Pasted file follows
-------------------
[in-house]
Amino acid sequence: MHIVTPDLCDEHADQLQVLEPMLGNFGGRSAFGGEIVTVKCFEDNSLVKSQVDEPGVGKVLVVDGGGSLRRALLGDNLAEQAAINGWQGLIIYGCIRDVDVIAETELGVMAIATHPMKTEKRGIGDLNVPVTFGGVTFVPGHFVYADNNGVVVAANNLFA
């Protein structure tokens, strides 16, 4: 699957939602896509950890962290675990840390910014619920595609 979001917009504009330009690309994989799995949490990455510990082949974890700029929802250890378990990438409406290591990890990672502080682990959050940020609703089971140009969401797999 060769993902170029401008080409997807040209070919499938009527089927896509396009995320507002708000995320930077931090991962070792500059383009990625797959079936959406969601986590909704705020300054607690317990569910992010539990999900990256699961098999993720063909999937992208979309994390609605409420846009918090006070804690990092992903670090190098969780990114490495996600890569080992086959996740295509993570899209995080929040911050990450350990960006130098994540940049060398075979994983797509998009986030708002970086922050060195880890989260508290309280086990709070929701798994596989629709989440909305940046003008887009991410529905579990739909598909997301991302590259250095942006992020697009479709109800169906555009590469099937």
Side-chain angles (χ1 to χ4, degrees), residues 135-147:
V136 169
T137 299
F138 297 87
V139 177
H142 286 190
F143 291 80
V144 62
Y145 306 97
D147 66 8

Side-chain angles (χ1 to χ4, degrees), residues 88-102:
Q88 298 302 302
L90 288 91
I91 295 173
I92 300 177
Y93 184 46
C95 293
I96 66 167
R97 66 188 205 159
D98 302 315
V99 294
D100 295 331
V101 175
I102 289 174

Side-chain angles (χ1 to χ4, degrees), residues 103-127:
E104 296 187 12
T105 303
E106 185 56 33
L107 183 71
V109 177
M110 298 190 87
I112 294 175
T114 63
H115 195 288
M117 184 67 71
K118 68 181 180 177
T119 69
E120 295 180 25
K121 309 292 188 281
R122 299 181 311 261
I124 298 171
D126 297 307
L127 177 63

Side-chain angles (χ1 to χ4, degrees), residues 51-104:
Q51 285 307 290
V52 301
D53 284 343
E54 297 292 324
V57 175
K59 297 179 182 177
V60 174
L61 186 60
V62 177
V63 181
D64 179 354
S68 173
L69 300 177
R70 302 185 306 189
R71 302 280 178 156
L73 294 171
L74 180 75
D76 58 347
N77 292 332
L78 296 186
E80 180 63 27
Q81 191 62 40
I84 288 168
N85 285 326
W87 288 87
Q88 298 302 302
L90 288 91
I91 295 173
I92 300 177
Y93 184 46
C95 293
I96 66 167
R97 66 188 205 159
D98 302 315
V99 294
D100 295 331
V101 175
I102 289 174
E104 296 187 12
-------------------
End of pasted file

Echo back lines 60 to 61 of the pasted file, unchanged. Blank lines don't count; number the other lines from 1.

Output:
L69 300 177
R70 302 185 306 189